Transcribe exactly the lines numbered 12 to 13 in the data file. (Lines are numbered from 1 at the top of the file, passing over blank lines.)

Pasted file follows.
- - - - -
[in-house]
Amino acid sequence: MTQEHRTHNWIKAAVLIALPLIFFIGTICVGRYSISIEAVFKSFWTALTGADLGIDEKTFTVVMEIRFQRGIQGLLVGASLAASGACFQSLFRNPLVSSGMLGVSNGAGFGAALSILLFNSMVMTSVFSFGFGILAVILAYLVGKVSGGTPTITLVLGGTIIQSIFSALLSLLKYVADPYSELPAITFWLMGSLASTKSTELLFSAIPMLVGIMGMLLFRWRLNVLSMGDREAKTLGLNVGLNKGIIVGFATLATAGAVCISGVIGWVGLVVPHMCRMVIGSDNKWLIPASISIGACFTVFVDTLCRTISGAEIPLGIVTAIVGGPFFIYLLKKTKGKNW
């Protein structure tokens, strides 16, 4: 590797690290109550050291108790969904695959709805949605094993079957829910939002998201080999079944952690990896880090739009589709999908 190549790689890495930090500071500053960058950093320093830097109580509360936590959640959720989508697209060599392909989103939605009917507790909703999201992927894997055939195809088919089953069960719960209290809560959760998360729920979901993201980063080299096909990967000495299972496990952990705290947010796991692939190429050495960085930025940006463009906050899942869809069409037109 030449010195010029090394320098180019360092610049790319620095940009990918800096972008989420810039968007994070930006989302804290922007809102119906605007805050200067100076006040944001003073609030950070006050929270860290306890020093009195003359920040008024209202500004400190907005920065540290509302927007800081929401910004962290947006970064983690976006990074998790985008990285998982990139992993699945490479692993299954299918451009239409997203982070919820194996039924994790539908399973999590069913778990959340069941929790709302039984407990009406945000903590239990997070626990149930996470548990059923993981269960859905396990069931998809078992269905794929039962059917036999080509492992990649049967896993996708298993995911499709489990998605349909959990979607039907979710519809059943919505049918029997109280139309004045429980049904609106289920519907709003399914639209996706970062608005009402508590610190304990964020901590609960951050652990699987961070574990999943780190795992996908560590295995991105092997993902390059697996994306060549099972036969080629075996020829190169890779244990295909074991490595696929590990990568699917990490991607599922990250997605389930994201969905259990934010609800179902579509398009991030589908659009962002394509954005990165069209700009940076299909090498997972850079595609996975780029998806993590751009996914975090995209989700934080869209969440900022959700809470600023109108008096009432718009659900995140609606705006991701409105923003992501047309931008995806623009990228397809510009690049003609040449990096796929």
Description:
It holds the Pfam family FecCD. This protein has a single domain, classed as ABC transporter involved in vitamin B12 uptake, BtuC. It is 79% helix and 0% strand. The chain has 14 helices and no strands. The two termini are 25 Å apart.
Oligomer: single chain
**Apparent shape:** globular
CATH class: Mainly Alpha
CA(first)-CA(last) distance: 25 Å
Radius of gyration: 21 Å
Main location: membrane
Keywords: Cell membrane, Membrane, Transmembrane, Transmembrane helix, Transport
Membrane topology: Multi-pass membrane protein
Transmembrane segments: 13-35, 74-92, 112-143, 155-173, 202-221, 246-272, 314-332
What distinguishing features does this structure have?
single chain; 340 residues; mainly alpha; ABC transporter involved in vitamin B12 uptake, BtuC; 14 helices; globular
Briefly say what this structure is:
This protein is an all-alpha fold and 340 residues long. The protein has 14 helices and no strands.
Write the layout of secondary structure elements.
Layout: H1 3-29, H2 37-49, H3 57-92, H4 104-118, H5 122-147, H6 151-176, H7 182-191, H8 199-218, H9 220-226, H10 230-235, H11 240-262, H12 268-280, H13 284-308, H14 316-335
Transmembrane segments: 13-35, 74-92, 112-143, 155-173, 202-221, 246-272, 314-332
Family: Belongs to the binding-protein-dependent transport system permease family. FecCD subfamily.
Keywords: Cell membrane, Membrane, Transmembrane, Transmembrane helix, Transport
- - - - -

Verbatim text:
Keywords: Cell membrane, Membrane, Transmembrane, Transmembrane helix, Transport
Membrane topology: Multi-pass membrane protein